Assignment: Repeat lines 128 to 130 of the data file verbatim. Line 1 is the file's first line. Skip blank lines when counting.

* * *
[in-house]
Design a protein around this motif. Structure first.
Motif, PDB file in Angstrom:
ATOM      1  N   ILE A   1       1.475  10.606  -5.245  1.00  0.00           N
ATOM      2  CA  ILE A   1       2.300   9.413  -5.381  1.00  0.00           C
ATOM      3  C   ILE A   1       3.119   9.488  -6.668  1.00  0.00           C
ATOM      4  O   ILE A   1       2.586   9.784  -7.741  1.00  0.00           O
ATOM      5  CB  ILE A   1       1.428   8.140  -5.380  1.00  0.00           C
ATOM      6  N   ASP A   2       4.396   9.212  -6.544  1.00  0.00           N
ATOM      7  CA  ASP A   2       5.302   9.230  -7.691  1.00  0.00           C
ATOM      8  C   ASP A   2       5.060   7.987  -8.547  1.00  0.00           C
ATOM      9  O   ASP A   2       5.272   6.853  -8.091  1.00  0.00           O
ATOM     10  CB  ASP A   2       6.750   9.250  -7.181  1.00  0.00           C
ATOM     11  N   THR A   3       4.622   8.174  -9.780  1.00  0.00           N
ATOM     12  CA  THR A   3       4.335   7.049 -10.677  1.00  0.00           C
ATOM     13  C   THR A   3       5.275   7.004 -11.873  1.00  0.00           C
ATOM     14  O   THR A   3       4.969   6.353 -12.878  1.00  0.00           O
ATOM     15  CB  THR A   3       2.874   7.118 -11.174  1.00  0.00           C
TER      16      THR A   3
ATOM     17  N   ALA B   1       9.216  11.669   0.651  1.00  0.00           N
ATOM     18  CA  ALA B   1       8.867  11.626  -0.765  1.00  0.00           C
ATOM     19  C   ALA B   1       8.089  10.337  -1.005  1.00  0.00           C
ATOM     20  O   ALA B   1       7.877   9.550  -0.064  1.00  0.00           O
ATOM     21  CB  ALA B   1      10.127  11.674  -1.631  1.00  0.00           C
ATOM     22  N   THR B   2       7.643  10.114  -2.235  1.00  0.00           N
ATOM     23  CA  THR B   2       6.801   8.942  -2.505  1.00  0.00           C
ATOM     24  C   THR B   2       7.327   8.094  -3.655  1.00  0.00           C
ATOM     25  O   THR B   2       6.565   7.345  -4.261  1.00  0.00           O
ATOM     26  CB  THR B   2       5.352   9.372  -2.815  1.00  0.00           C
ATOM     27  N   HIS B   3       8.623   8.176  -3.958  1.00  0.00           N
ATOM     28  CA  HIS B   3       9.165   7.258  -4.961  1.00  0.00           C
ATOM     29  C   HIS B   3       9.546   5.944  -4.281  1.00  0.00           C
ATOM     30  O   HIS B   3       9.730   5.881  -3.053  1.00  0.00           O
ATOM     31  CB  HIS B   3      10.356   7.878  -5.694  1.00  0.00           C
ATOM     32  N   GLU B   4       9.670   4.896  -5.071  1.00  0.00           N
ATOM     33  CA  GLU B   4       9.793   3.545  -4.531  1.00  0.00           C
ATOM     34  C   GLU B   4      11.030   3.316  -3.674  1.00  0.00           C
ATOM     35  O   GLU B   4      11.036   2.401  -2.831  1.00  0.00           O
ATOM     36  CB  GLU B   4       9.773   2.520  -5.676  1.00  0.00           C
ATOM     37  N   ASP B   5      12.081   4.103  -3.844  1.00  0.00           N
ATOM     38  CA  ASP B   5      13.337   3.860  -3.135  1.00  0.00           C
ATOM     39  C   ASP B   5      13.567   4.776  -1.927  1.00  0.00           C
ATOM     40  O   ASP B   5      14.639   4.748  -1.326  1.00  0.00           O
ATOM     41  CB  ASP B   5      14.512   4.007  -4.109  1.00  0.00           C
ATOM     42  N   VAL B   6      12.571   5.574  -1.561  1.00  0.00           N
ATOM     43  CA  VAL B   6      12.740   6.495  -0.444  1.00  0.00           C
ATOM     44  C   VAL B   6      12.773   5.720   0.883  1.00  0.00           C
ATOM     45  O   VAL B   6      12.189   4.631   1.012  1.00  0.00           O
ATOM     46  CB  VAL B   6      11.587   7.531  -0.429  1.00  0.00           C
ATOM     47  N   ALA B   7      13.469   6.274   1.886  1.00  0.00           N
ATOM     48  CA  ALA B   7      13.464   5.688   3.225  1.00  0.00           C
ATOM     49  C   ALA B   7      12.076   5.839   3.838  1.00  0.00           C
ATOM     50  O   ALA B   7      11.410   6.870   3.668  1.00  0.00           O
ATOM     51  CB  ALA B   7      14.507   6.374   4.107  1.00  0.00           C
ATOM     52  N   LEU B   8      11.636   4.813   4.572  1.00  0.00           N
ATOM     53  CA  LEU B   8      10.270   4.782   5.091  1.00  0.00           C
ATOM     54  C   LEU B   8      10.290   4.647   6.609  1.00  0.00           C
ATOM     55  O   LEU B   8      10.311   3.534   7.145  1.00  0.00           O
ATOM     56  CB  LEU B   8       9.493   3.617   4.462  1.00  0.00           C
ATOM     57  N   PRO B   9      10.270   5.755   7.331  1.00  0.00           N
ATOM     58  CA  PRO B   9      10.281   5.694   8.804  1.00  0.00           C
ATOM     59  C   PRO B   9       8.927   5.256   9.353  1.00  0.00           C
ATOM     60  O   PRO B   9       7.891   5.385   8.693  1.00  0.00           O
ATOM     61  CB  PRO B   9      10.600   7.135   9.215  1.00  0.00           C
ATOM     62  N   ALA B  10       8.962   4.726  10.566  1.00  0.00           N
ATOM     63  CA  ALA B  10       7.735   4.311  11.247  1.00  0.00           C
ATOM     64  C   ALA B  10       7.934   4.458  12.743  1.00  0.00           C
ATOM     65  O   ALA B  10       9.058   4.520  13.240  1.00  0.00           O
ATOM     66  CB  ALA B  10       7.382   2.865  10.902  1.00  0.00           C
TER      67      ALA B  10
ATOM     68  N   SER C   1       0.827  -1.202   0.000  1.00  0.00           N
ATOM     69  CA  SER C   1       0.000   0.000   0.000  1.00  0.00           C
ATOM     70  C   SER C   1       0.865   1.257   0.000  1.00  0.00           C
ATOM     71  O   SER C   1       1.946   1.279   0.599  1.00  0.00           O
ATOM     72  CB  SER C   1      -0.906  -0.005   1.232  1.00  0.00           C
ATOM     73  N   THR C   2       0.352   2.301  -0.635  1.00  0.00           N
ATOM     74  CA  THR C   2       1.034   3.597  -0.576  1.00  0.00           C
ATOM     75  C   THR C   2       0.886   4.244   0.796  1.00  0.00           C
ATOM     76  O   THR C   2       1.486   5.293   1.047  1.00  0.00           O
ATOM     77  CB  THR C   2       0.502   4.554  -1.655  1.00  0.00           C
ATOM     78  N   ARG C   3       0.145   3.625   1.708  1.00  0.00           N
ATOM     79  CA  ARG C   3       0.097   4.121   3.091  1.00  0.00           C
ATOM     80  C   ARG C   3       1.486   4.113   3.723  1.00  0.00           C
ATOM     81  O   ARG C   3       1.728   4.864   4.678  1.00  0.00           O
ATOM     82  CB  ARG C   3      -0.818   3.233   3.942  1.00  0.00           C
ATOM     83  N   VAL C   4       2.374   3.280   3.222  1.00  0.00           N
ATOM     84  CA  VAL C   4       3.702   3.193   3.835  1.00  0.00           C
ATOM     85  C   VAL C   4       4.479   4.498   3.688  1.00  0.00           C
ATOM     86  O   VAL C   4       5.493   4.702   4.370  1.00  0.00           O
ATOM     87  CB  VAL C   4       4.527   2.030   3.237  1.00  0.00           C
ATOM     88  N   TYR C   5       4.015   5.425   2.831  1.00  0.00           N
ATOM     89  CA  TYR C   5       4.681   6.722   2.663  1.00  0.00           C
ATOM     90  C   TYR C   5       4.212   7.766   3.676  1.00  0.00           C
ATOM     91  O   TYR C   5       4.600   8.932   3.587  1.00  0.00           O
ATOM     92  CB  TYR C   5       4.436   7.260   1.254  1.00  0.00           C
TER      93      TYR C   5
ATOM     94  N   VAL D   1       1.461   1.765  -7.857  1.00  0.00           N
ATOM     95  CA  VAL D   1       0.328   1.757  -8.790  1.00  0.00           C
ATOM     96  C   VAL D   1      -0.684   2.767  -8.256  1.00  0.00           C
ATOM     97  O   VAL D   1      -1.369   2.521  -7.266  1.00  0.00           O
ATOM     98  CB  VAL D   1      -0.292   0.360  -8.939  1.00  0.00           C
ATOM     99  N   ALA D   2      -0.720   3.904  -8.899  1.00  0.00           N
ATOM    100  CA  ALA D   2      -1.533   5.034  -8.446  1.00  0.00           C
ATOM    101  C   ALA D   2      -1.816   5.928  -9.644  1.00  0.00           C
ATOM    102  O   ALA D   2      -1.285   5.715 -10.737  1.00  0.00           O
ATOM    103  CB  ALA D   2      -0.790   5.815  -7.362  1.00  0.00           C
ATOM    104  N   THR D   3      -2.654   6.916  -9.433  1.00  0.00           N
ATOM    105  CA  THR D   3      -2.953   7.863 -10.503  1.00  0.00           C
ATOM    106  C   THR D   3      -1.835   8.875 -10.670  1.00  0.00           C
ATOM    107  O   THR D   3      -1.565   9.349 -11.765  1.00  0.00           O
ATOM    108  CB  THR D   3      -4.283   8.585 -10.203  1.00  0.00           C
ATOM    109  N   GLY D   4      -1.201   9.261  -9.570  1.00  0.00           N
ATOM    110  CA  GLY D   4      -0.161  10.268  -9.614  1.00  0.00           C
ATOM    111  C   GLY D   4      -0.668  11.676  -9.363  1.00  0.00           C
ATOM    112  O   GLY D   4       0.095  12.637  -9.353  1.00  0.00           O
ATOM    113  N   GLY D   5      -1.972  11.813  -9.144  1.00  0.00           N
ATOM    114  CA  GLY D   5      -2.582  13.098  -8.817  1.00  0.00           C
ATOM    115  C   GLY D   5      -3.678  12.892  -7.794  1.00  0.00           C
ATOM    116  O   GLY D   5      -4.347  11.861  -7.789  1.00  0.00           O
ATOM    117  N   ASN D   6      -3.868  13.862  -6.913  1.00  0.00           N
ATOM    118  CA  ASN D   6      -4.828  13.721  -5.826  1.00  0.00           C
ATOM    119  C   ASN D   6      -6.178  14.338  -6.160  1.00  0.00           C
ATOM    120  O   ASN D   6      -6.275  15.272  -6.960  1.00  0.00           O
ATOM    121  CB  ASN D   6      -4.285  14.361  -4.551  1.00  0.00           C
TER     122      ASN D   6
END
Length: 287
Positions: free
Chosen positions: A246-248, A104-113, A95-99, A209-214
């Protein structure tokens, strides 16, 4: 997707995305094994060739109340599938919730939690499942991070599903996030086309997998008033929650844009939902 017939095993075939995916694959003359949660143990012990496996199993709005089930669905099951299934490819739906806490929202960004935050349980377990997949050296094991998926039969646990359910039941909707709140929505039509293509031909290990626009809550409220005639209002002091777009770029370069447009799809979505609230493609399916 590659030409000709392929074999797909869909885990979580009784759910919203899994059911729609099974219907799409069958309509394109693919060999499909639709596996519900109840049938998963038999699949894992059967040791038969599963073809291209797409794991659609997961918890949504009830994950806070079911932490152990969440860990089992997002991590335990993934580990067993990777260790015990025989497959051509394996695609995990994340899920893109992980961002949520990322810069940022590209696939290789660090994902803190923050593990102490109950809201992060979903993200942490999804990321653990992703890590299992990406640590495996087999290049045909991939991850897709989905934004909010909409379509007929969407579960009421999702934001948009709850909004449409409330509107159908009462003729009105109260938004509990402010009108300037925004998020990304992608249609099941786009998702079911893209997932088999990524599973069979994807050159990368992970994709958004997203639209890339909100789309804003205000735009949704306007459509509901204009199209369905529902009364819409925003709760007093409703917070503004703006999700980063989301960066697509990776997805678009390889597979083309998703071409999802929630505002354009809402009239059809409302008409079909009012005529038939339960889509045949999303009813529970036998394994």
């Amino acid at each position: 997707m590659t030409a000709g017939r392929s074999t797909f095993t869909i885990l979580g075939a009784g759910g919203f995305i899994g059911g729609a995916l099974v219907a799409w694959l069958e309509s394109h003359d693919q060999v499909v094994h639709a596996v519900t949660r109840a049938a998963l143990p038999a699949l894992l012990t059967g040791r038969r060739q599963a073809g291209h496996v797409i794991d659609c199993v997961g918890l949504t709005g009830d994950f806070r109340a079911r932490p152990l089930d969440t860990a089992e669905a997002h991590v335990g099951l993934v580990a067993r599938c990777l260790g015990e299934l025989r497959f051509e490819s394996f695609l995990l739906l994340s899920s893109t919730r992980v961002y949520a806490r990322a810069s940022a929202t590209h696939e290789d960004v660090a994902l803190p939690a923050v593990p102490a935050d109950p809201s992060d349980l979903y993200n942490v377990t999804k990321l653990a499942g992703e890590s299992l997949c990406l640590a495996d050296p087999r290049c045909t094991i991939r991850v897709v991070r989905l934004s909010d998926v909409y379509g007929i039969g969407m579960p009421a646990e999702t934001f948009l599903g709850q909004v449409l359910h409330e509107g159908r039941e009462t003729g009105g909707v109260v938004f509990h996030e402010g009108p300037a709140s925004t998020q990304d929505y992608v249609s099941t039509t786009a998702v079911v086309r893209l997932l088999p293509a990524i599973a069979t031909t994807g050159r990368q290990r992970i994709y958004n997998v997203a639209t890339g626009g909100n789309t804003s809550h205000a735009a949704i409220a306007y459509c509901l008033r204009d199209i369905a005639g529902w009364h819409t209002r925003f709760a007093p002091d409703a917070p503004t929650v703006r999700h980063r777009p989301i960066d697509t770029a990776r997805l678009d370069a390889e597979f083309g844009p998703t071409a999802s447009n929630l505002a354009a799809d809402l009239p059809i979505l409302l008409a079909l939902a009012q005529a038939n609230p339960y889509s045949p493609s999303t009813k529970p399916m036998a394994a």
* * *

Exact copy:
Positions: free
Chosen positions: A246-248, A104-113, A95-99, A209-214
């Protein structure tokens, strides 16, 4: 997707995305094994060739109340599938919730939690499942991070599903996030086309997998008033929650844009939902 017939095993075939995916694959003359949660143990012990496996199993709005089930669905099951299934490819739906806490929202960004935050349980377990997949050296094991998926039969646990359910039941909707709140929505039509293509031909290990626009809550409220005639209002002091777009770029370069447009799809979505609230493609399916 590659030409000709392929074999797909869909885990979580009784759910919203899994059911729609099974219907799409069958309509394109693919060999499909639709596996519900109840049938998963038999699949894992059967040791038969599963073809291209797409794991659609997961918890949504009830994950806070079911932490152990969440860990089992997002991590335990993934580990067993990777260790015990025989497959051509394996695609995990994340899920893109992980961002949520990322810069940022590209696939290789660090994902803190923050593990102490109950809201992060979903993200942490999804990321653990992703890590299992990406640590495996087999290049045909991939991850897709989905934004909010909409379509007929969407579960009421999702934001948009709850909004449409409330509107159908009462003729009105109260938004509990402010009108300037925004998020990304992608249609099941786009998702079911893209997932088999990524599973069979994807050159990368992970994709958004997203639209890339909100789309804003205000735009949704306007459509509901204009199209369905529902009364819409925003709760007093409703917070503004703006999700980063989301960066697509990776997805678009390889597979083309998703071409999802929630505002354009809402009239059809409302008409079909009012005529038939339960889509045949999303009813529970036998394994």